Moon interviewed Thomas Brame, who was the center’s first supervisor.

“We want to reach out to Pensacola with this center,” Brame said in 2013. “We’re going to bring in the Belmont Youth Band and other organizations. We really have a unique facility here and want to take advantage of it.”

The building has a stage, dressing rooms, a gym and other amenities. However, it has not received the proper attention, according to Wallace. The recreation center has fallen to the wayside, and the arts and cultural outlet for the kids has disappeared.

“It’s become nothing but a babysitting center,” Wallace told Inweekly reporter Sammi Sontag. “We built it to be an art and culture center.”

Recreation Supervisor Reba Smith said the center doesn’t host youth basketball games because it isn’t regulation size and doesn’t have seating. She said, “It was built for art, but it hasn’t gone that direction.”

Smith said there had been no complaints about the lack of programming since she’s been the supervisor, but if people would like to increase after-school and summer programs and performances, she’s open to anything.

“Our jobs here aren’t to necessarily promote the art side of the center,” she said. “I’m not an art and drama instructor. I’m just a recreation supervisor. I don’t have an instructor for those programs, so they don’t happen.”

When the resource center first opened, Smith was told there were several performances there that were put on by people outside the community. But recently, no one has come forward to ask to utilize the space.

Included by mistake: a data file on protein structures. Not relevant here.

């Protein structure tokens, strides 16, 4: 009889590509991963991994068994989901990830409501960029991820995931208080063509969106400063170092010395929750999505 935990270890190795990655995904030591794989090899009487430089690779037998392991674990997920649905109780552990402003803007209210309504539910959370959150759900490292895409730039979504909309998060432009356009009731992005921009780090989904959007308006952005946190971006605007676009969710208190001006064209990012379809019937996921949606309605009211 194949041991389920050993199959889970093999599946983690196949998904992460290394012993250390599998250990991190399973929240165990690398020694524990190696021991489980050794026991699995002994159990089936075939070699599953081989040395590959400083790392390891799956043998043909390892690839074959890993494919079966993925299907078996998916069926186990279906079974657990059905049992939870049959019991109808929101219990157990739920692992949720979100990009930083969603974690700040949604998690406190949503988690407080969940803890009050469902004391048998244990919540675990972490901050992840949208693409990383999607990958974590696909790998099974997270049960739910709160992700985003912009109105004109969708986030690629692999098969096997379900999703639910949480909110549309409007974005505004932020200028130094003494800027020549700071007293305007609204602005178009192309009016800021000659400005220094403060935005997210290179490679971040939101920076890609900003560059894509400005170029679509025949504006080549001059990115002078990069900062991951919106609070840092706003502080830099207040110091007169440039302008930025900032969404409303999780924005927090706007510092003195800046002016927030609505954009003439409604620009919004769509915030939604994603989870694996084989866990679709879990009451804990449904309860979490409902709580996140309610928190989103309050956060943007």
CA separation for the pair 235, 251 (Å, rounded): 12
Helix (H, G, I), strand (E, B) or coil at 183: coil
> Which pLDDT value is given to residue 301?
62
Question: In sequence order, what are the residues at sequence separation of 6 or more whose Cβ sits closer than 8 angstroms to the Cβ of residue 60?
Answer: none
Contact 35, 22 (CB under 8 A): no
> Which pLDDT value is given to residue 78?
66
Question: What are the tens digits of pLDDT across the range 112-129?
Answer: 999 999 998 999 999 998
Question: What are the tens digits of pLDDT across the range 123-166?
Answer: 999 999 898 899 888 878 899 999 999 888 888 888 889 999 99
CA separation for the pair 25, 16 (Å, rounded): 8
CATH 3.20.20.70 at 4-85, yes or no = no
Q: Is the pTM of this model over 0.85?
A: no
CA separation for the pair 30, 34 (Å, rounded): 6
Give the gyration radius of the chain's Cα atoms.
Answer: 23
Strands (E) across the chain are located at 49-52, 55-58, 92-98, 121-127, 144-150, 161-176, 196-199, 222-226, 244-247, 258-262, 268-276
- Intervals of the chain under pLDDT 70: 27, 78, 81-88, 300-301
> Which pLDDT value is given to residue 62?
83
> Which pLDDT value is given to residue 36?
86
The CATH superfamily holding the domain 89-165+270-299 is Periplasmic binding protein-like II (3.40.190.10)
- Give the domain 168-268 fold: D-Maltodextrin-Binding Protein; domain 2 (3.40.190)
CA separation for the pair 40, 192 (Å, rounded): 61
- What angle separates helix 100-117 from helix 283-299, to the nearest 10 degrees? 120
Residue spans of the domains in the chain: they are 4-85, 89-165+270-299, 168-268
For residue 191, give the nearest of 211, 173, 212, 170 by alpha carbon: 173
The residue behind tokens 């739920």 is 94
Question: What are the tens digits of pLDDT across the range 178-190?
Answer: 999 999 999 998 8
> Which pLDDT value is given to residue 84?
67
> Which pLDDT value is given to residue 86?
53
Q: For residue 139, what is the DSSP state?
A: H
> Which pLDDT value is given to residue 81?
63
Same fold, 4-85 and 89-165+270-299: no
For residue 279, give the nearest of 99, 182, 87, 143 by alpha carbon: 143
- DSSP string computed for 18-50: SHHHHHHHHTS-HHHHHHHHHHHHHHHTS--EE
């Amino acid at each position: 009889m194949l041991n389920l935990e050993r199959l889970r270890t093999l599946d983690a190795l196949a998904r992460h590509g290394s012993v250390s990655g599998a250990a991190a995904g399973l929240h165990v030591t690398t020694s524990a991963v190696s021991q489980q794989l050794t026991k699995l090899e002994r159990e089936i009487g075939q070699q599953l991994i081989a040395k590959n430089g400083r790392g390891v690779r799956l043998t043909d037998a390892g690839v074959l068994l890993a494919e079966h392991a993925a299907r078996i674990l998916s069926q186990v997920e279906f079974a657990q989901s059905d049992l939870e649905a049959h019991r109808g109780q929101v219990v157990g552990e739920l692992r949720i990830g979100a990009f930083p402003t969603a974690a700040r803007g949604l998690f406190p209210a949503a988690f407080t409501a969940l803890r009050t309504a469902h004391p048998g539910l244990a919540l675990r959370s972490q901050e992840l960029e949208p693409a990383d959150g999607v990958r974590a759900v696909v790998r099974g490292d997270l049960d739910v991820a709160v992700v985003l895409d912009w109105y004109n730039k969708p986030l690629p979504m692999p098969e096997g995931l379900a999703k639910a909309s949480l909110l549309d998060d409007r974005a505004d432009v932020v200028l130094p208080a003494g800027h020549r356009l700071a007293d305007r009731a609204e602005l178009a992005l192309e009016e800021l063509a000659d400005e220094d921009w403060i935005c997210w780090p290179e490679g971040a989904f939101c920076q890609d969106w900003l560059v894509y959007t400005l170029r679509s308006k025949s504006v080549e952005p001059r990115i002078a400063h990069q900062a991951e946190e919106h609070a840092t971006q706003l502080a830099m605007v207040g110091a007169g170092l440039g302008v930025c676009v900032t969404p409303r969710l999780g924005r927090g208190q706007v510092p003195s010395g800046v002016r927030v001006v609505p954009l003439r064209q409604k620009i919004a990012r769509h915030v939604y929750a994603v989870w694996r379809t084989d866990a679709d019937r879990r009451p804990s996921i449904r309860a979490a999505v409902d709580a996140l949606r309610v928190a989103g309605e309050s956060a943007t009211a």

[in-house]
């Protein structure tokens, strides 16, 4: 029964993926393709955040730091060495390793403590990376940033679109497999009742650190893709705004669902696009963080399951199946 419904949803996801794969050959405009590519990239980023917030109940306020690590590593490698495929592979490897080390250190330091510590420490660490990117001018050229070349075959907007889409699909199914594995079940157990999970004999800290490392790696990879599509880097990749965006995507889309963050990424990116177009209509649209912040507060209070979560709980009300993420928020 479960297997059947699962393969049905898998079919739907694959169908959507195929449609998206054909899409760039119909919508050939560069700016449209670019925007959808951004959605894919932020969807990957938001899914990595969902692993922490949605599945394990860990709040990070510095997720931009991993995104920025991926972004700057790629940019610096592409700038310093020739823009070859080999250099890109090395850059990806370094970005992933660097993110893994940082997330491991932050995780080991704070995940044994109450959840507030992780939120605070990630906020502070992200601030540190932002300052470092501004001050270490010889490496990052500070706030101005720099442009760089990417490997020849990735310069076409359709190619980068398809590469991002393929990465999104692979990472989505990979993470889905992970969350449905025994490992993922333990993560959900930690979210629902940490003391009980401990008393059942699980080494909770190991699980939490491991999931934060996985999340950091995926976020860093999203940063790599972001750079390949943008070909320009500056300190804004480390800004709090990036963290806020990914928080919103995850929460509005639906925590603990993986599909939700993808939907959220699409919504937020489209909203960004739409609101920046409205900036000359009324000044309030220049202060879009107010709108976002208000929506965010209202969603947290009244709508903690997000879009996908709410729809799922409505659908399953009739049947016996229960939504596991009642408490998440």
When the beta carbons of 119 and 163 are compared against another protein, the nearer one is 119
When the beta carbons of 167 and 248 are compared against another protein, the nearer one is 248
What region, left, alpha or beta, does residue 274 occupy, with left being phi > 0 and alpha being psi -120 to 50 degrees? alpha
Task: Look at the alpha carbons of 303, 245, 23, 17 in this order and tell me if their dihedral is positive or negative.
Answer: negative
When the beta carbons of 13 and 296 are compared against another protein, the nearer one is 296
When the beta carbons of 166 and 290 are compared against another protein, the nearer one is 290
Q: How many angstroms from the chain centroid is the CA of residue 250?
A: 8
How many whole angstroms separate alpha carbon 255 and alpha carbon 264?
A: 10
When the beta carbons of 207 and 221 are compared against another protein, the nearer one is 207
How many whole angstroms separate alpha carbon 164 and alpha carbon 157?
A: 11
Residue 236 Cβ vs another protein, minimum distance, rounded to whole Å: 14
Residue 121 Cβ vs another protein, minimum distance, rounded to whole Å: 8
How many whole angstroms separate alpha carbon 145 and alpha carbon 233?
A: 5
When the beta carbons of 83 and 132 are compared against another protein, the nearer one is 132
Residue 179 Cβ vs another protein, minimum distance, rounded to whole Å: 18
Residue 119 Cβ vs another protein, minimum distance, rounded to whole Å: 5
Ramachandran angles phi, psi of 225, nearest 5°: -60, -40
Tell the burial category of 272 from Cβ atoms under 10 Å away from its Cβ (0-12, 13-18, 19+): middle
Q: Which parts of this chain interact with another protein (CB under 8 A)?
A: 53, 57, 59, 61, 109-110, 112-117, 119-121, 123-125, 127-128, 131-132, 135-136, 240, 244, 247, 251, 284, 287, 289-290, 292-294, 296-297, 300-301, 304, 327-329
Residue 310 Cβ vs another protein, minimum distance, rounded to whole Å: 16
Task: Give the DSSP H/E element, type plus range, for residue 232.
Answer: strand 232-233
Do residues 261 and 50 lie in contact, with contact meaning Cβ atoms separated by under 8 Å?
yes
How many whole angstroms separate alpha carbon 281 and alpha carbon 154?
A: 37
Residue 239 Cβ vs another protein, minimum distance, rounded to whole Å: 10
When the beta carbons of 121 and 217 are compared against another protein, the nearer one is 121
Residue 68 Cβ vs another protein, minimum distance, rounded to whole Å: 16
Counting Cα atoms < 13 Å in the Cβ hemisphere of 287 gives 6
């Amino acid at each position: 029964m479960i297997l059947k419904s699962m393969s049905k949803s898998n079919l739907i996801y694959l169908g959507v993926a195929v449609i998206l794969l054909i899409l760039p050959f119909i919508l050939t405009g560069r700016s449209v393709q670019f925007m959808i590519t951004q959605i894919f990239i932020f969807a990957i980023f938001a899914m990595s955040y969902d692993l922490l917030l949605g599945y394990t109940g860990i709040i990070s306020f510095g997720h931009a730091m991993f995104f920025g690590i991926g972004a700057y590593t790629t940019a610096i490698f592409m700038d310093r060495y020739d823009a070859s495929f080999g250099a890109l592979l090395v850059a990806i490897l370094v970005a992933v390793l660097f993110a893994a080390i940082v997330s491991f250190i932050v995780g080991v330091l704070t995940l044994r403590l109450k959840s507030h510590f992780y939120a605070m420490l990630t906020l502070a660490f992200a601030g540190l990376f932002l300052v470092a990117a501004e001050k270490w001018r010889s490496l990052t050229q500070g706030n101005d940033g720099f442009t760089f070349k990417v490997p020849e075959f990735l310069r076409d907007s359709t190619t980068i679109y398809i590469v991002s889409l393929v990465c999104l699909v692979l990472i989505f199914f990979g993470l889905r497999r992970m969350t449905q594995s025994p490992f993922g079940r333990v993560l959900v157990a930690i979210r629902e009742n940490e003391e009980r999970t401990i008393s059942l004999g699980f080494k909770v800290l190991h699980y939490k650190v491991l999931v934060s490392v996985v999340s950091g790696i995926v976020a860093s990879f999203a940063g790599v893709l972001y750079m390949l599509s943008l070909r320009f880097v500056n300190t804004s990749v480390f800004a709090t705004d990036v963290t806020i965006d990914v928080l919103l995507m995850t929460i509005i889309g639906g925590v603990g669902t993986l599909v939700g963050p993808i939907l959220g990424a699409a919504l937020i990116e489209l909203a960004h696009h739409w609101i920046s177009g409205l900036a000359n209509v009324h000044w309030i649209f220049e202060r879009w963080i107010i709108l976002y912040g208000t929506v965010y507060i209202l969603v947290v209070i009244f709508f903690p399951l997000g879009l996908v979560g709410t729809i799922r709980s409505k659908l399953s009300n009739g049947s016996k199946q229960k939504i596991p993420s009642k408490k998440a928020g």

“We do have a number of dance teams who use the facilities. They come in and take advantage of the space,” she said. “And as far as drama and things like that, since I’ve been here, there hasn’t been anyone who has come forward to say they want to do something that highlights the stage area, because we do have a nice sound system and can put up chairs.”

Brian Cooper, the City Parks and Recreation director, was not available to be interviewed by Sontag.

Vote for IHMC Center Floridians and the worldwide public at large can vote online for their favorite community buildings in the fifth annual People’s Choice Competition, launched by the Florida Association of the American Institute of Architects (AIA Florida) and the Florida Foundation for Architecture. Voting is open now until July 20. The buildings on this year’s ballot were built in the past five years and contribute to the happiness and prosperity of Florida residents.

“People’s Choice is one of my favorite events of the year because it is a chance for architects to showcase their work through a wide selection of public projects,” said Tampa architect Kim Headland, AIA, president of AIA Florida.